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How Nora Aunor relates to the kids and millennials

Barangay Sta. Teresa, Lopez, Quezon—It’s amazing that until this very moment the name Nora Aunor has been spelling magic and how.

Is it déjà vu or is it the never-ending influence of Nora on the greater number of Filipinos as the symbol of the great unwashed, of the working class, of the masses?

This afternoon’s educational outreach program of Noranians at the Don Rodolfo F. Agra Elementary School in this village is a testament of Nora’s enduring popularity and mass appeal. No matter how her critics would condescend and condemn her as has been and pop star passé should think twice about her supremacy in the realm of royalty in the biz.

As a movie journalist who has been covering and writing about local entertainment people, places and events for more than four decades, I feel goose bumps growing in my whole body as I witness the adoration and the awareness of the young generation on Nora. Imagine, grade school pupils who are more attuned to Kim Chiu or Ryzza Mae Dizon or Daniel Padilla or AlDub are applauding every time the emcee (avid Nora follower Marie Cusi) mentions the name Nora Aunor. The host asks the kids who Nora Aunor is and they know she’s the Superstar.

To think that these children are millennials, miles apart from the Noramania she had wielded in the late sixties and the early seventies. There is no coaching from the audience and these kids are just familiar to Ate Guy as moon is to night.

It’s a blessing “Handog sa Kabataan ng mga Noranians 2018” gift-giving project is done here when I am currently paying an elder sister a visit. According to one of its organizers, Anna Marie Abu, an employee of the Human Resources Department of the Government Service Insurance System (GSIS), a graduate of Public Administration from the University of the Philippines (UP) Diliman, a product of DUMALO (Dulaang Don Mateo Lopez), a community-based theater group I founded here in 1991, a housewife and a mom, it is the first time that the Noranians have organized and implemented a socio-civic event as this which is noted by Cusi. “In Metro Manila and its key cities, we have already done this but this is the first time we are doing this in the province,” said Marie.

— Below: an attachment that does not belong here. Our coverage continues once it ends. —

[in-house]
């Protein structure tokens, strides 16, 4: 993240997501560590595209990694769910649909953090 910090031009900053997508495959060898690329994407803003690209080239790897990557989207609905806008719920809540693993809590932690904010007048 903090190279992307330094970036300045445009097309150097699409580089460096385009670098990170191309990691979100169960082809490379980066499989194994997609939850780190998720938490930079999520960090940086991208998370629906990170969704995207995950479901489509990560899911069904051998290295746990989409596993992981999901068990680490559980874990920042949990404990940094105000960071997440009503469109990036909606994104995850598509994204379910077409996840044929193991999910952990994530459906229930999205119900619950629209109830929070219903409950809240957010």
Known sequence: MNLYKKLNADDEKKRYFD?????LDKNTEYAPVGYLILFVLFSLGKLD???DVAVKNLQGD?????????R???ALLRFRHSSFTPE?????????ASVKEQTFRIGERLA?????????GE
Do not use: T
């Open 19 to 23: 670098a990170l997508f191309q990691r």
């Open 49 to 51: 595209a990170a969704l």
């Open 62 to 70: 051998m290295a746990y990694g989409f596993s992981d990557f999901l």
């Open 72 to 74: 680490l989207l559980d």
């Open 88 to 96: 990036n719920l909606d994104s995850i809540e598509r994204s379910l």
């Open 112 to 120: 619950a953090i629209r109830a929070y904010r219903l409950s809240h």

Granting for the sake of argument that Anna Marie is from here but the spirit of Nora spreading her altruism and aesthetics are worth the long travel of Noranians to the far-off barangay. La Aunor should have been here to witness the fervent adulation for her of the kids, seventy of them being fed and given gifts by her fans.

Many things about Nora the kids mostly remember in the contest to recall the existence of the actress especially her pet name, Ate Guy and the role, the name of the character she donned in the hit and iconic film, Ishmael Bernal’s “Himala.” Elsa is is a giveaway answer, though, but the memory of the kids doesn’t harbor much of a long time significant event but they know its importance.

The Noranians must be congratulated for a job well done. It is an independent initiative. I say this and I will say this again—there must be a series of educational outreach projects in the archipelago even to the countryside to bring the Superstar closer, closest to the people, the very audience she represents as a member of the marginalized group in our society—the poor and the underprivileged, the social class Nora originated.

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